Iris A-Z: O and a quick P
This Keith Keppel 2002 introduction is one of those strange blends that divide opinion. It is basically a greyish pink but there are hints of lavender and salmon pink. I reminds me of a cloudy sunset and has a stormy look to it. Pastel, delicate or dull, the choice is yours but it never looks the same from one flower to the next and at different times of day. It did win a couple of awards.
This French Cayeaux iris is a cross between two Schreiner blues and was introduced in 1995. It is a pleasantly ruffled blue and quite stocky at 80cm. The ruffled and swirling petals suit its name which is French for ‘hurricane’ though if it was called ‘Ciel d’été’ I would have been just as convinced!
This fruity beauty was raised by Duane Meek of Silverton, Oregon and introduced in 1996. Raised by crossing two orange iris I am not sure why it was such a surprise but it is a fully saturated flower. Bearded iris do orange very well and they are especially lovely with the dark purples.
This interesting iris has similar colouring to ‘Ring around Rosie’ and ‘Carnival Ride’ which were introduced this century. All have ‘Wild Jasmine’ (wait a week or so for that) as parents but ‘Owyhee Desert’ was introduced in 1996 and raised by Idaho-based Lucille Pinkston. It achieved an Award of Merit in 2001. The flowers are relatively small but they are fragrant to add to its charms. Several iris have the Owyhee prefix and it is a tributary of the Snake River in Nevada and Owyhee Desert is an arid area straddling Nevada, Oregon and Idaho. There is a Lake Owyhee in Oregon too.
After a meagre selection yesterday and a normal number today, I have a raft of iris lined up for tomorrow. To balance things a bit I will cheat and pop in a P today with a species, but in the form of a couple of variations that are very worthy of inclusion in any garden.
Iris pallida is a wild bearded iris from the Mediterranean that is probably a parent of the early hybrids. It has small, but lovely, blue flowers that are very sweetly fragrant. There are several subspecies and it is often quoted as the source of the violet-scented orris root but I understand that to be the paler-flowered I. florentina which is distinctly different. Lovely though the natural I. pallida is, it is the two variegated forms that really stand out. It is often said that the sword-like foliage of bearded iris makes a valuable contribution to the look of the border but that is, in reality, a bit of rose-tinted spectacle wearing. The foliage is often disfigured by leafspot fungus and in winter, when lots of the leaves are dead, they really are not very pretty. But I. pallida is blessed with good leaves, that are much greyer/bluer than most and the addition of variegation makes then really good foliage plants. There are hybrids with variegated leaves, trying to combine great flowers and great foliage but they rarely match Iris pallida – though this will eventually change and Paul Black has some good attempts.
There are two variegated forms. It could be argued (but not by me) that ‘Argentea Variegata’ (photo above) is the most attractive. The leaves are striped with white, most often on the inner edge. The reason that both these forms are so effective as variegated plants is that the variegation is bold and runs lengthwise. Other variegated iris are irregularly streaked and this does not look so good. Anyway, ‘Argentea Variegata’ is a striking foliage plant (argentea means silver) but it does not flower as freely as the species and the flowers are smaller.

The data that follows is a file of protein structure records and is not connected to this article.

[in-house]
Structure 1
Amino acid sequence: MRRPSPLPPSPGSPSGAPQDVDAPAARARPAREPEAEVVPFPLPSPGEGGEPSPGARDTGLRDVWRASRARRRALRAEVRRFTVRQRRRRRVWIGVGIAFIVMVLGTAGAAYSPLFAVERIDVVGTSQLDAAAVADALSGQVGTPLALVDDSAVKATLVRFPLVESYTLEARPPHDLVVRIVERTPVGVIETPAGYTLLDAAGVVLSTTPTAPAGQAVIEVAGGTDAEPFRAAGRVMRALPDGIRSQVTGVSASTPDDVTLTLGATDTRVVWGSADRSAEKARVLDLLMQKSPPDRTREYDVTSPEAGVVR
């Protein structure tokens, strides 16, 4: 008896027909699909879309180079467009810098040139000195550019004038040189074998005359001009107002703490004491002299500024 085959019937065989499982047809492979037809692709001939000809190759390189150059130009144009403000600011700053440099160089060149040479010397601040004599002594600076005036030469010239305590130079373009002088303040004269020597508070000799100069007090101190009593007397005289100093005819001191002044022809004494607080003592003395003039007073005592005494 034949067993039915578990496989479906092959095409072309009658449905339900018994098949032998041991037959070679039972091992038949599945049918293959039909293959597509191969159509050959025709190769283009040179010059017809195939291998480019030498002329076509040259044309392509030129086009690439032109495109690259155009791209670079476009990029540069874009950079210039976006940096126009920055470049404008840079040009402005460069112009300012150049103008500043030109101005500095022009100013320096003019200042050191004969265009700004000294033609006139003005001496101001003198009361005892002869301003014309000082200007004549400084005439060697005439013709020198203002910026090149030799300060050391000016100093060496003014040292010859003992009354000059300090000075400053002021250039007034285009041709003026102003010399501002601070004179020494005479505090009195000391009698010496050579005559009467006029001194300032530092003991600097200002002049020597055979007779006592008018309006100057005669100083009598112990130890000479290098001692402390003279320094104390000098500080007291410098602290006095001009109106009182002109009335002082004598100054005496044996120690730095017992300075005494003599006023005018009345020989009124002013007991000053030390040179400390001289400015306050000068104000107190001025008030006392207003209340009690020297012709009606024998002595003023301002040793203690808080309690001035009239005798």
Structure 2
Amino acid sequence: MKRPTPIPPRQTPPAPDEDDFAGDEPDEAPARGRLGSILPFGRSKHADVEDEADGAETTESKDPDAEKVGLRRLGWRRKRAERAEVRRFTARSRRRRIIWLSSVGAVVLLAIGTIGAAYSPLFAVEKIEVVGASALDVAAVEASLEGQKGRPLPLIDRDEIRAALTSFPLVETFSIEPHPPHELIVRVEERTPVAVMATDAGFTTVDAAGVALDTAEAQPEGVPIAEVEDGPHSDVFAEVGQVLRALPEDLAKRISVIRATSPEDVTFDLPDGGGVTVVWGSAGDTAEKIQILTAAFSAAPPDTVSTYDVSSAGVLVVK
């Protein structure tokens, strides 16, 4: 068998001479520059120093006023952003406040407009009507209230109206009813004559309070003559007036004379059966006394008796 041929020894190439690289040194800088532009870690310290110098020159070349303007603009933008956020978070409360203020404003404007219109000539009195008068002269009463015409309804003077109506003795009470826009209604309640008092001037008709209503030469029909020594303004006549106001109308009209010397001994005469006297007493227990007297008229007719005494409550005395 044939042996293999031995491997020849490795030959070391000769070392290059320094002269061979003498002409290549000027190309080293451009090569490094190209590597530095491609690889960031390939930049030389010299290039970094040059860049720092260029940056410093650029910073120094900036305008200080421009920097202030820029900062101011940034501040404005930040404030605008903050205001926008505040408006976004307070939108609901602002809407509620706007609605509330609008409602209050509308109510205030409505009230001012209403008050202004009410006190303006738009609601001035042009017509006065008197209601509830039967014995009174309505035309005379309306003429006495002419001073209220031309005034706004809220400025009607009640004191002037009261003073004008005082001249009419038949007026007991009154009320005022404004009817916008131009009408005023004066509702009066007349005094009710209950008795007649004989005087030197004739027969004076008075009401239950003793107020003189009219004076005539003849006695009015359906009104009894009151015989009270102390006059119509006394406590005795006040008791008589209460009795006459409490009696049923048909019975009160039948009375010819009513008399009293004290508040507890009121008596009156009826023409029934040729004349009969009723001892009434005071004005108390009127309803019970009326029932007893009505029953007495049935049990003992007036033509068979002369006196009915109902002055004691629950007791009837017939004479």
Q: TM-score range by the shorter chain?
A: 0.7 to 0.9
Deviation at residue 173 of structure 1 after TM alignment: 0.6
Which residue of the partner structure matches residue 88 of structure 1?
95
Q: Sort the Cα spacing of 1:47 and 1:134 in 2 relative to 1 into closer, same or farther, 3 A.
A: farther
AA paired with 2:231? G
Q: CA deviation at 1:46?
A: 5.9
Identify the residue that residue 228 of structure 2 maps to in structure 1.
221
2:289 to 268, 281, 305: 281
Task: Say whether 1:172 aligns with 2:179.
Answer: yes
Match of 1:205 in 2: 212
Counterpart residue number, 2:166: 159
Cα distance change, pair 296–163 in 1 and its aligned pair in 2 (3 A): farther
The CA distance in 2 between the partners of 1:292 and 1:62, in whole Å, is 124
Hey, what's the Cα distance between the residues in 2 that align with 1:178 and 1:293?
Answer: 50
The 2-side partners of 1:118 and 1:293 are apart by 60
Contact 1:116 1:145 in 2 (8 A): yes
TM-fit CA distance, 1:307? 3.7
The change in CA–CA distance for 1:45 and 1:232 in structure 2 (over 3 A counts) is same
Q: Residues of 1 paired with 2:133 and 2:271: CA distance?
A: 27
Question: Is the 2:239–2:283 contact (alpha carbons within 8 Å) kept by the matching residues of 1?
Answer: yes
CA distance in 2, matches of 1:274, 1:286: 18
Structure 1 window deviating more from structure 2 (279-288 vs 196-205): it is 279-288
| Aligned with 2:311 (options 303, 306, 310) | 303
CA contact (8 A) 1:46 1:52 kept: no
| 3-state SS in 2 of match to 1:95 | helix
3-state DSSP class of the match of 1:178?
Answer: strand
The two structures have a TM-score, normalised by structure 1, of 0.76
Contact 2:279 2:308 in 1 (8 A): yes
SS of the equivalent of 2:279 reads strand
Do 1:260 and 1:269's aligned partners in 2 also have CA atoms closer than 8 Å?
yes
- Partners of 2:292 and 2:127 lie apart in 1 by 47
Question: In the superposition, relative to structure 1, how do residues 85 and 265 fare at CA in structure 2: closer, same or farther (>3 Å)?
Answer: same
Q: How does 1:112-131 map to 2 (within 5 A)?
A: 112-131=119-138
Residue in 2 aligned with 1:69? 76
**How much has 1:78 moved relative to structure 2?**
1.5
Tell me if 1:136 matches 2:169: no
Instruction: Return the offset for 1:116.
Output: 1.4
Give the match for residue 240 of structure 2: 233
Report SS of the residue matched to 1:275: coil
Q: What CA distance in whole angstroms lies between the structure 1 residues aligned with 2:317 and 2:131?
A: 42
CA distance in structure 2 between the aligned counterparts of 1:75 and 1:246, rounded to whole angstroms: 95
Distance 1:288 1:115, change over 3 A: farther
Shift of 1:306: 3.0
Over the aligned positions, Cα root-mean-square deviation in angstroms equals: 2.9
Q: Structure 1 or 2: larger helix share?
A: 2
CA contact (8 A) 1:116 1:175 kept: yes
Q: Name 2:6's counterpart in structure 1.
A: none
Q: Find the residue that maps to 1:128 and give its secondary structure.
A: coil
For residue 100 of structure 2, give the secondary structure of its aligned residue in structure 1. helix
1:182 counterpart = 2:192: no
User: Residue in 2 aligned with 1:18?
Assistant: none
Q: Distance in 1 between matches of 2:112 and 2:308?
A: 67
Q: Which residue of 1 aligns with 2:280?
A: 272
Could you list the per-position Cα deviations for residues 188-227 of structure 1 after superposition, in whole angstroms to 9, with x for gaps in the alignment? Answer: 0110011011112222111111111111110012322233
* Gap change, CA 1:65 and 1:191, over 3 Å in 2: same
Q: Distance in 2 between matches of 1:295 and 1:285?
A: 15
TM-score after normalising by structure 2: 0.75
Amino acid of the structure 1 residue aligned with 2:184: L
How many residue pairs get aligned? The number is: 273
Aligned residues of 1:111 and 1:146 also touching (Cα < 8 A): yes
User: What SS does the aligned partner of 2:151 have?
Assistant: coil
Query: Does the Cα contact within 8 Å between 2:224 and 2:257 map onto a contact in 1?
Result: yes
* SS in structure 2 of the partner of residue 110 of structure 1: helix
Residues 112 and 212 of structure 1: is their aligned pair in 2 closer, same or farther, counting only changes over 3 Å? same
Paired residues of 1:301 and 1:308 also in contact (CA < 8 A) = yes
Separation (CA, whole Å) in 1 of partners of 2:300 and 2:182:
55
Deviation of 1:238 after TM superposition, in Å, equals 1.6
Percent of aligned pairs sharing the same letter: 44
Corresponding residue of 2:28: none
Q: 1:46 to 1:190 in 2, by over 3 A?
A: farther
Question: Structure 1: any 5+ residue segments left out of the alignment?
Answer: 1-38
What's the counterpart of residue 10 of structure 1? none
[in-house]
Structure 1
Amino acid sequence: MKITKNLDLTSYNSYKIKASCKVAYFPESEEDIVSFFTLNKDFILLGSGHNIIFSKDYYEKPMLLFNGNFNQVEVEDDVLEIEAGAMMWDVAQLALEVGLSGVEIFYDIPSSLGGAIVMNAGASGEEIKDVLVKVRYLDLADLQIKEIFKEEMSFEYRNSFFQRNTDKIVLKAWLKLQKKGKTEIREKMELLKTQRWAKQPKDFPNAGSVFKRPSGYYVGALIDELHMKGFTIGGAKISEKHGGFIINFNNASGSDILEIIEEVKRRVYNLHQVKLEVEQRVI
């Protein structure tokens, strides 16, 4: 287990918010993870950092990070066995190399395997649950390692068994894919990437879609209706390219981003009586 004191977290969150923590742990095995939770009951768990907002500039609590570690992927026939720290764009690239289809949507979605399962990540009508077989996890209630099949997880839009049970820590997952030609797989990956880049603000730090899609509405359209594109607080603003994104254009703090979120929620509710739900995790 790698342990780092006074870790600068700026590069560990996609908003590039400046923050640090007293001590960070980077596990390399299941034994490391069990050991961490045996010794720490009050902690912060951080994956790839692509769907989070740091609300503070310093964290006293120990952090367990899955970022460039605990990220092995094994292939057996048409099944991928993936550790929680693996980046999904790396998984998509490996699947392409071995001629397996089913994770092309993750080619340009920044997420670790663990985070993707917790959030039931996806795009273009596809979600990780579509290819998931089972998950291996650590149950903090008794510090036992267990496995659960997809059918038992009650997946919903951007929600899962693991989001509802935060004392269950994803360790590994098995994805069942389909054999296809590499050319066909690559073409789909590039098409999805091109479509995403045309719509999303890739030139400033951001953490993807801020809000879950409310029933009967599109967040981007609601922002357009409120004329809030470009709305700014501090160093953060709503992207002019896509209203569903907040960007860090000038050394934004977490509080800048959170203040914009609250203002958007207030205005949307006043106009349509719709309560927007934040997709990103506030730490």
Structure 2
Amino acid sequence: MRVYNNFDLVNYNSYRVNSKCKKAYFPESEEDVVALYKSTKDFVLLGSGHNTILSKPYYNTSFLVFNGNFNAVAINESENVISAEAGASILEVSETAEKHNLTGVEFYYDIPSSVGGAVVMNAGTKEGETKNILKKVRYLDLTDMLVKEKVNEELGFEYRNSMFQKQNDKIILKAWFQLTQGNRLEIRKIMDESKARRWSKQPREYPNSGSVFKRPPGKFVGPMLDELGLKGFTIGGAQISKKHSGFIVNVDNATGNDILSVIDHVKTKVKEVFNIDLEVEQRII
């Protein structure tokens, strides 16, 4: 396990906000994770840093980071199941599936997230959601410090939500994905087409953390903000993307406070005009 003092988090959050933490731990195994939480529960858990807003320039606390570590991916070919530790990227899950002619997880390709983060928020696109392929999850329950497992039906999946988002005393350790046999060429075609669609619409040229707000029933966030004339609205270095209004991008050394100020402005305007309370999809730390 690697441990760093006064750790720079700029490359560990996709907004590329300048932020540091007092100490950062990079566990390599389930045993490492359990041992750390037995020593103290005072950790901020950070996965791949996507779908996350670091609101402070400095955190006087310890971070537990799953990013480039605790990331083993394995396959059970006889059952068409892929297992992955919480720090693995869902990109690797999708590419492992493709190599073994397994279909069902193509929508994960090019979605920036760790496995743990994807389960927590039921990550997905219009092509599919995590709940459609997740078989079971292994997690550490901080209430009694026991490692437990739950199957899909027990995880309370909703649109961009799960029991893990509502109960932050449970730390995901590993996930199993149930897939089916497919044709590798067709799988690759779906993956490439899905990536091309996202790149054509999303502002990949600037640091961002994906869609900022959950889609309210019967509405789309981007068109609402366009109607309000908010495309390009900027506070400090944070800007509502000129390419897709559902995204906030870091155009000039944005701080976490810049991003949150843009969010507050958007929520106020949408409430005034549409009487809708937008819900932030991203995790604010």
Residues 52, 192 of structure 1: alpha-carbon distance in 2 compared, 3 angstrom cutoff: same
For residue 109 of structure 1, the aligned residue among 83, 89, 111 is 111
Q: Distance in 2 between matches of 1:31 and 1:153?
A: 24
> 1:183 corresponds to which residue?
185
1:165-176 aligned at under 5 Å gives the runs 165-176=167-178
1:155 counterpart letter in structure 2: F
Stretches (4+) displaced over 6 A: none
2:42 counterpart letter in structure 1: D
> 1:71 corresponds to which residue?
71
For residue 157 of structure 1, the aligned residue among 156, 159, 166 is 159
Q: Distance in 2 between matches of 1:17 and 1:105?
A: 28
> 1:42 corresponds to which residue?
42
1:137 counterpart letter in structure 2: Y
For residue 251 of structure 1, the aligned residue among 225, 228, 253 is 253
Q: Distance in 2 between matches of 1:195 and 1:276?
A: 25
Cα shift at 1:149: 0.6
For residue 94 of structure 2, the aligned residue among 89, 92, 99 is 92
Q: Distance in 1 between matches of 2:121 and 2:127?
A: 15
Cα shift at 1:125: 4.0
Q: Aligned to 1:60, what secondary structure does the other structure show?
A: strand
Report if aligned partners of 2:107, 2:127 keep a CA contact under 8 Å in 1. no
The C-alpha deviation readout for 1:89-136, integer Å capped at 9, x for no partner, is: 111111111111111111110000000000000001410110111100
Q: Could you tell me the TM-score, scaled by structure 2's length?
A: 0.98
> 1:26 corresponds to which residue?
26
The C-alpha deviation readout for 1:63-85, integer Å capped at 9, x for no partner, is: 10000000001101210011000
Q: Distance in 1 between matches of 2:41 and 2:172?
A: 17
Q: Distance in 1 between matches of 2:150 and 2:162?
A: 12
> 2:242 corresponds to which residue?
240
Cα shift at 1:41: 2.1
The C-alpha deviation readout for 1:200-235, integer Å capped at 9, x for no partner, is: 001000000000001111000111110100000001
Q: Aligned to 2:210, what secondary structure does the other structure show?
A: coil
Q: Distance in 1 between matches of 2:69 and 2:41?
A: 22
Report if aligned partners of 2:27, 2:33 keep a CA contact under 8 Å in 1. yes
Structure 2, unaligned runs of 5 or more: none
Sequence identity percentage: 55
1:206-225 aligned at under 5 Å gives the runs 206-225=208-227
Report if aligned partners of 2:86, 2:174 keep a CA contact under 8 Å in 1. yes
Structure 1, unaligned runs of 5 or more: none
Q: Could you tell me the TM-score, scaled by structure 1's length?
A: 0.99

I much prefer the golden-variegated form (aurea means gold) although it is really striped with primrose yellow. The RHS must agree with me because this one has the AGM (Award of Garden Merit). The combination with the grey green is striking but not too flashy. And the flowers are the same as the species and very showy and fragrant. A feature of Iris pallida is that the spathes around the flowers are completely dry and silvery (or brown in some subspecies) when the flowers are open. If any iris deserves to be in every garden it is this.
Iris pallida without variegation are my all time favorite iris. I still think of them as bearded iris, because that is how I learned about them. Those who know my iris do not understand why. They are so simple relative to the much fancier bearded iris. I got mine from the garden of my maternal, maternal great great mother, and shared some with my sister and her daughter, who is now sharing them with her daughter! They are on their sixth generation!
I can understand why you treasure it and pass it on, it is a lovely plant
I believe that my great grandmother grew it in her vegetable garden as orris root rather than for the bloom. Canna was another that was grown as a vegetable, but happened to be pretty also.
I have never tried to eat cannas though I know they are apparently edible. The same with dahlias which I have never fancied eating because of the smell of the plants.
Well, some are better for eating than others. Technically, all parts except the seed of canna are edible, and some people even make flower from the wickedly hard seed. (I doubt that those hard shells are digestible.) The foliage is best before it matures, and really is not all that good. The flowers are no better, but look pretty in a salad. What I want from them is the starchy rhizomes. The cultivar that I got for that makes very fat rhizomes that get about as big as small potatoes. However, they are not the prettiest. They do not stand as vertically as the ornamental sorts, and the slender flowers are comparable to those of Canna musifolia, so are not very colorful.
I could grow prettier types, and I do grow a few, but the vegetable sort is pretty enough for me.